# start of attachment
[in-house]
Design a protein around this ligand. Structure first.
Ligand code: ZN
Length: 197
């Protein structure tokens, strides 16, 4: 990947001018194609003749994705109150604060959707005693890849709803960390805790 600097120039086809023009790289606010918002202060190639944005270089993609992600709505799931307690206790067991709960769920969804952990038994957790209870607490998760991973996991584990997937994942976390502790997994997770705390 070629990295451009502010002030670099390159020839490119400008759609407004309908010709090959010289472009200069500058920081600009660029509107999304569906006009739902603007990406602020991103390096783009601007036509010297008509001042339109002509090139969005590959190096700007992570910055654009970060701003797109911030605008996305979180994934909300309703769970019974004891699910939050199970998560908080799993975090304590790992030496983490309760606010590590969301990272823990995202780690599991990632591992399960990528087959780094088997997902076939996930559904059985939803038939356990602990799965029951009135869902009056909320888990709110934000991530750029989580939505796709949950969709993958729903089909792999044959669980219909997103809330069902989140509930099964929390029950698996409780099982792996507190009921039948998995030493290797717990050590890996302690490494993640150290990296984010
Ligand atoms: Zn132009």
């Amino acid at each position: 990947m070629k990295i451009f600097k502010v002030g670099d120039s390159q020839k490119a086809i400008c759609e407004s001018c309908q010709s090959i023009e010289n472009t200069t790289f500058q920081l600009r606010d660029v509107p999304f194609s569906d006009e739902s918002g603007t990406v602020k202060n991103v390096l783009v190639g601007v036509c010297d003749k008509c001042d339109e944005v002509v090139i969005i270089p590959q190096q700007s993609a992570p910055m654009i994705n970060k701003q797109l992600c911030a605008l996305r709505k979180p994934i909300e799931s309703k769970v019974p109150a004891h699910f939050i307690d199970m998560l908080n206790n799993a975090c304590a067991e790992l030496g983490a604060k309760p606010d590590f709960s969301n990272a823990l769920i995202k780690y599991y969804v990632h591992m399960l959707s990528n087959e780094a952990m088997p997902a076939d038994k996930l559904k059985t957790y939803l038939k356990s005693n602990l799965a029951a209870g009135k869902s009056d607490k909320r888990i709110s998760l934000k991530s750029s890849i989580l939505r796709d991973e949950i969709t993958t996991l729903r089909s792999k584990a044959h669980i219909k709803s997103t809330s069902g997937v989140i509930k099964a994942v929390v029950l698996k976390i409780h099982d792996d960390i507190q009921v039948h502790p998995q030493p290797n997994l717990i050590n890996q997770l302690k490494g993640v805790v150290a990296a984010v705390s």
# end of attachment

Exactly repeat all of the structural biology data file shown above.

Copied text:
[in-house]
Design a protein around this ligand. Structure first.
Ligand code: ZN
Length: 197
């Protein structure tokens, strides 16, 4: 990947001018194609003749994705109150604060959707005693890849709803960390805790 600097120039086809023009790289606010918002202060190639944005270089993609992600709505799931307690206790067991709960769920969804952990038994957790209870607490998760991973996991584990997937994942976390502790997994997770705390 070629990295451009502010002030670099390159020839490119400008759609407004309908010709090959010289472009200069500058920081600009660029509107999304569906006009739902603007990406602020991103390096783009601007036509010297008509001042339109002509090139969005590959190096700007992570910055654009970060701003797109911030605008996305979180994934909300309703769970019974004891699910939050199970998560908080799993975090304590790992030496983490309760606010590590969301990272823990995202780690599991990632591992399960990528087959780094088997997902076939996930559904059985939803038939356990602990799965029951009135869902009056909320888990709110934000991530750029989580939505796709949950969709993958729903089909792999044959669980219909997103809330069902989140509930099964929390029950698996409780099982792996507190009921039948998995030493290797717990050590890996302690490494993640150290990296984010
Ligand atoms: Zn132009």
């Amino acid at each position: 990947m070629k990295i451009f600097k502010v002030g670099d120039s390159q020839k490119a086809i400008c759609e407004s001018c309908q010709s090959i023009e010289n472009t200069t790289f500058q920081l600009r606010d660029v509107p999304f194609s569906d006009e739902s918002g603007t990406v602020k202060n991103v390096l783009v190639g601007v036509c010297d003749k008509c001042d339109e944005v002509v090139i969005i270089p590959q190096q700007s993609a992570p910055m654009i994705n970060k701003q797109l992600c911030a605008l996305r709505k979180p994934i909300e799931s309703k769970v019974p109150a004891h699910f939050i307690d199970m998560l908080n206790n799993a975090c304590a067991e790992l030496g983490a604060k309760p606010d590590f709960s969301n990272a823990l769920i995202k780690y599991y969804v990632h591992m399960l959707s990528n087959e780094a952990m088997p997902a076939d038994k996930l559904k059985t957790y939803l038939k356990s005693n602990l799965a029951a209870g009135k869902s009056d607490k909320r888990i709110s998760l934000k991530s750029s890849i989580l939505r796709d991973e949950i969709t993958t996991l729903r089909s792999k584990a044959h669980i219909k709803s997103t809330s069902g997937v989140i509930k099964a994942v929390v029950l698996k976390i409780h099982d792996d960390i507190q009921v039948h502790p998995q030493p290797n997994l717990i050590n890996q997770l302690k490494g993640v805790v150290a990296a984010v705390s």